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Action service user Lee

If you need advice or further information please contact your local Action
team to speak with someone who can


what are eye floaters

Floater - Wikipedia, the free encyclopedia


** Floater **

From Wikipedia, the free encyclopedia
Jump to: navigation, search
For other uses, see Floater (disambiguation).

/Classification and external resources/

Simulated image of floaters against a blue sky
ICD-10 H43.9
ICD-9 379.24
DiseasesDB 31270
MedlinePlus 002085

*Floaters* are deposits of various size, shape, consistency, refractive
index, and motility within the eye’s vitreous humour, which is
normally transparent.^[1]^[2] At a young age, the vitreous is transparent,
but as one ages, imperfections gradually develop. The common type of
floater, which is present in most people’s eyes, is due to
degenerative changes of the vitreous humour. The perception of floaters is
known as /myodesopsia/,^[3] or less commonly as /myodaeopsia/,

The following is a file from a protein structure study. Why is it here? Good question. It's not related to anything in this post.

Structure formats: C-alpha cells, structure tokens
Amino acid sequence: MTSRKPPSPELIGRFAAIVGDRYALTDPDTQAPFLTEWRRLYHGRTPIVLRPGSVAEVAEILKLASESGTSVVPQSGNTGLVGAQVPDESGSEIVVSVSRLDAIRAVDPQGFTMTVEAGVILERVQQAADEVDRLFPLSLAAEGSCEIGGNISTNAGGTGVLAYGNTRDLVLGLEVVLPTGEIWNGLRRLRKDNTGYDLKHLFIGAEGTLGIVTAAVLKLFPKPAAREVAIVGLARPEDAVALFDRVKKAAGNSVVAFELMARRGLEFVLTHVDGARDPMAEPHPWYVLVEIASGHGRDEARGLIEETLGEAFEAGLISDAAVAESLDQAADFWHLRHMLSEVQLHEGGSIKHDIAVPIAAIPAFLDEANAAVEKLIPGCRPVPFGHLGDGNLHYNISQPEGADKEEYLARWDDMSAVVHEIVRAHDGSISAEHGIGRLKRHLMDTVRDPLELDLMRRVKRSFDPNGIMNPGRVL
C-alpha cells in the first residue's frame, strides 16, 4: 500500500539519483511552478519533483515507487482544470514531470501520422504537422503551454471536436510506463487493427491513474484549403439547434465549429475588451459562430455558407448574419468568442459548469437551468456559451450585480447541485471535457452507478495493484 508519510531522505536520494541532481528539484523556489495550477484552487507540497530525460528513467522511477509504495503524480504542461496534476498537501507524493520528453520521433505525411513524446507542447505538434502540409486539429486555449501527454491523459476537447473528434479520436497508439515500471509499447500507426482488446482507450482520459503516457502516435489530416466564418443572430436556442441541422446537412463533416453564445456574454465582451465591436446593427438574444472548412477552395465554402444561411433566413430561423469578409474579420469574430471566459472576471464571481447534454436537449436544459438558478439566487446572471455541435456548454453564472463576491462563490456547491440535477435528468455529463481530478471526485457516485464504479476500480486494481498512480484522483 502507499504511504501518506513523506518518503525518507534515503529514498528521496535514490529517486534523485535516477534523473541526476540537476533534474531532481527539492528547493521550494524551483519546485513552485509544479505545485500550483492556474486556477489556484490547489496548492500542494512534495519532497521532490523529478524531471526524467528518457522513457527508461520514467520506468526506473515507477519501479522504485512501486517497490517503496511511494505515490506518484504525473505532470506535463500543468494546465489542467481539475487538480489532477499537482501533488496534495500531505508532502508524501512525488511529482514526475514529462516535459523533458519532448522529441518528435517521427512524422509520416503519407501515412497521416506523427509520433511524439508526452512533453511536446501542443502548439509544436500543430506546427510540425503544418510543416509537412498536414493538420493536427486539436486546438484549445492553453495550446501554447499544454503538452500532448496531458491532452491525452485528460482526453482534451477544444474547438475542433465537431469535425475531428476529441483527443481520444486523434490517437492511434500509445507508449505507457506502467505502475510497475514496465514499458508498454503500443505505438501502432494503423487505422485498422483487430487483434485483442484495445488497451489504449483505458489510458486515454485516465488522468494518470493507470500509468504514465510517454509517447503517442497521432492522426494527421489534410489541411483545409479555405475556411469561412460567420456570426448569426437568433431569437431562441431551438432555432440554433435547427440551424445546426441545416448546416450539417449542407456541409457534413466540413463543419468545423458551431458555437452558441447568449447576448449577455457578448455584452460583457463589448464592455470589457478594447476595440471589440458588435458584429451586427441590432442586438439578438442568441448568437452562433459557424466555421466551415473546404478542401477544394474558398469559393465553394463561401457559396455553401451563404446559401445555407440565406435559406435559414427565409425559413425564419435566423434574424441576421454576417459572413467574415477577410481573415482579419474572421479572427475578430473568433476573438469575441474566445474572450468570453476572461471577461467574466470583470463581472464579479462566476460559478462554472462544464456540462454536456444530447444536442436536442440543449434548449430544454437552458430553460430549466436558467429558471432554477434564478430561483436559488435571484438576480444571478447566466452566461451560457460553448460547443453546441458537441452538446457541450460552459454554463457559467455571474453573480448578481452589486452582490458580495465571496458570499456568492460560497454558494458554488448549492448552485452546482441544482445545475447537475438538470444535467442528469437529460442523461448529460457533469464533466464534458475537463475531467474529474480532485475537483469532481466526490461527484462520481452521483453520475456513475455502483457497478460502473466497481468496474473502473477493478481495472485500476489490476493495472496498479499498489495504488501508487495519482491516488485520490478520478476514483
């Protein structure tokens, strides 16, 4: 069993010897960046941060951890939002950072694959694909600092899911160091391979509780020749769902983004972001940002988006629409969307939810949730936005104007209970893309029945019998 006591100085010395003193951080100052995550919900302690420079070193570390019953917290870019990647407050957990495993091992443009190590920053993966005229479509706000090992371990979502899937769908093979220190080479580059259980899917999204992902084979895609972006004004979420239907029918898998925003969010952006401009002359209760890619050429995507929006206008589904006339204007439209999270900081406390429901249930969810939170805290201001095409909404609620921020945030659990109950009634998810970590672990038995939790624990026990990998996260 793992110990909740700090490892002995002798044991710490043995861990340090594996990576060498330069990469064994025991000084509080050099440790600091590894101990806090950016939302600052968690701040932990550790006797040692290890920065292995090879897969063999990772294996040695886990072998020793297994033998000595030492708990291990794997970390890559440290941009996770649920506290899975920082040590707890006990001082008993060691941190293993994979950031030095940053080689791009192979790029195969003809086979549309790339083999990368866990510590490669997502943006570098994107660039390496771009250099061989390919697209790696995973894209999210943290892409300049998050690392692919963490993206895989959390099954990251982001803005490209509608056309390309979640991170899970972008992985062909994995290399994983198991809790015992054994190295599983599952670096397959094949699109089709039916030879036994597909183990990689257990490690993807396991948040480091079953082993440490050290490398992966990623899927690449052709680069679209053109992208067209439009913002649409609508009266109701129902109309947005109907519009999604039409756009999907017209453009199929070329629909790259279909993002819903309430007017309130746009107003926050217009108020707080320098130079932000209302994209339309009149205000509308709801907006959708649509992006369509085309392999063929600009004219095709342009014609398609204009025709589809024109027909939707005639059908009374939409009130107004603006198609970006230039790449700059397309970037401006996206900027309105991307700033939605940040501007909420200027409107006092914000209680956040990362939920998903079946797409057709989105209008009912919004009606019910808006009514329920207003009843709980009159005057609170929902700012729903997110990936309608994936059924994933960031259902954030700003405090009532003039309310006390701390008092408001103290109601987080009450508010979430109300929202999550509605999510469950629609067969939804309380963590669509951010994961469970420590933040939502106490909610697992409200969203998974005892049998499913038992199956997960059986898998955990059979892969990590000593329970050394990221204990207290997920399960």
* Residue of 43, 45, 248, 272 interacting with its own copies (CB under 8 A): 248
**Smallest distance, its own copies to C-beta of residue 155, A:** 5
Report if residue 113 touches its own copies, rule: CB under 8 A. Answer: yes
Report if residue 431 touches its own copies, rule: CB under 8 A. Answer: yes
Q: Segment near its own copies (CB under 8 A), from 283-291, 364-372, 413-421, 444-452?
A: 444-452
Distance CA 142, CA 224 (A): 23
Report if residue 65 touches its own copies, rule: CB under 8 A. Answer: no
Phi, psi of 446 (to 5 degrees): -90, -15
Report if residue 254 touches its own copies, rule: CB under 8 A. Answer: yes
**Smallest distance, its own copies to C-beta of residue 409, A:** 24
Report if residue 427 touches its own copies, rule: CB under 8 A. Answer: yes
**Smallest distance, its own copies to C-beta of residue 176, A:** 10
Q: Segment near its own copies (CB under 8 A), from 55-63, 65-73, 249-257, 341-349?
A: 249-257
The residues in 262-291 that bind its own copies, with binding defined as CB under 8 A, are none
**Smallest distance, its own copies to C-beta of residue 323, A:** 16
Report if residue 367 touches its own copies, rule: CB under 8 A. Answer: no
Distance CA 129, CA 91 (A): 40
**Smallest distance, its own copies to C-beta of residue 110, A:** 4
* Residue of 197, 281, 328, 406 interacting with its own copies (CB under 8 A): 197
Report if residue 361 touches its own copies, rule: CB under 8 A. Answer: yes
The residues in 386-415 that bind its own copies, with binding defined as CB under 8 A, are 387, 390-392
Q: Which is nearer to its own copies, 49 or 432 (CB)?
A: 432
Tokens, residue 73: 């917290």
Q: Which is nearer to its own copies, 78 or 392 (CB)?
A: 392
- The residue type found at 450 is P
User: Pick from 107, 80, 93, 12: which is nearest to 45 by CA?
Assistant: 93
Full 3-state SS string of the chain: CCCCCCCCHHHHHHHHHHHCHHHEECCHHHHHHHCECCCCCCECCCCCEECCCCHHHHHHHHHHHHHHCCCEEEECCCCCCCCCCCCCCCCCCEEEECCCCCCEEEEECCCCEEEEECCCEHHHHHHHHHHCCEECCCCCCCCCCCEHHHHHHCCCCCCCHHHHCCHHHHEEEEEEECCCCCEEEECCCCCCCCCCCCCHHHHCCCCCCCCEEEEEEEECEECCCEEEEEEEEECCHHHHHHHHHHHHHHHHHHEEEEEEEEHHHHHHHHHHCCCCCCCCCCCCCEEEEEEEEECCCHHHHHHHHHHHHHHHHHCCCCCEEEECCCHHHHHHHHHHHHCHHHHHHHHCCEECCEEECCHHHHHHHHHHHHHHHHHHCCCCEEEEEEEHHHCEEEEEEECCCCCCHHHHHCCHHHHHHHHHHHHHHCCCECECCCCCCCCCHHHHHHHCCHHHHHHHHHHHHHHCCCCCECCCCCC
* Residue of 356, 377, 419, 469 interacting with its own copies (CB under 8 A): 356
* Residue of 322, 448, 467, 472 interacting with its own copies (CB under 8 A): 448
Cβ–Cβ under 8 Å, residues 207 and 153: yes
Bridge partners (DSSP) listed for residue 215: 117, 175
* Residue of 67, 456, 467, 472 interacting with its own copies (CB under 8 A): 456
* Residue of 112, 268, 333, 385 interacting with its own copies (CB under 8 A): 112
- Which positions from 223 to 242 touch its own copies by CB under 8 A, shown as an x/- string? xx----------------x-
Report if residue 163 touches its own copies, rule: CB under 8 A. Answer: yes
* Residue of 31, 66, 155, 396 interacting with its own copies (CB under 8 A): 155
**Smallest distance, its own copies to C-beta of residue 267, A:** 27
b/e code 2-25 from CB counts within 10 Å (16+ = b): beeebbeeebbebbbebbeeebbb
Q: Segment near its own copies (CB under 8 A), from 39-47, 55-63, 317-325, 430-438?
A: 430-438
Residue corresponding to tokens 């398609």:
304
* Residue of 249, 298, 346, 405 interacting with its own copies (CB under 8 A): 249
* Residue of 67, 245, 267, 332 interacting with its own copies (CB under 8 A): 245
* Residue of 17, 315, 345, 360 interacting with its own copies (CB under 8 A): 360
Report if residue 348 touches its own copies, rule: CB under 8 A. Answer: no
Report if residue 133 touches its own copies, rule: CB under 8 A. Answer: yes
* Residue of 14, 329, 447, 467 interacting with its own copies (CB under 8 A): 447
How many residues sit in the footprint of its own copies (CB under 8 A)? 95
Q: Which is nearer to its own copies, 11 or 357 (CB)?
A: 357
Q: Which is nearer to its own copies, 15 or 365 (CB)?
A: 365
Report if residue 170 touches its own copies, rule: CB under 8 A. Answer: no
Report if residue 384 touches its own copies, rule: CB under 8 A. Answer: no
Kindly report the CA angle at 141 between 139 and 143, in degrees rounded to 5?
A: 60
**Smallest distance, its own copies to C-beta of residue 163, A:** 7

/myiodeopsia/, /myiodesopsia/.^[1] They are also called /Muscae volitantes/
(Latin: "flying flies"), or /mouches volantes/ (from the French). Floaters
are visible because of the shadows they cast on the retina^[4] or
refraction of the light that passes through them, and can appear alone or
together with several others in one’s visual field. They may appear as
spots, threads, or fragments of cobwebs, which float slowly before the
observer’s eyes.^[2] Since these objects exist within the eye itself,
they are not optical illusions but are entoptic phenomena.


· 1 Description
· 2 Causes

· 2.1 Vitreous syneresis
· 2.2 Posterior vitreous detachments and retinal detachments
· 2.3 Regression of the hyaloid artery
· 2.4 Drug adverse effects
· 2.5 Other common causes
· 2.6 Tear film debris

· 3 Diagnosis
· 4 Treatment
· 5 Descriptions in media
· 6 See also
· 7 References
· 8 External links


Floaters are suspended in the vitreous humour, the thick fluid or gel that
fills the eye.^[5] Thus, they follow the rapid motions


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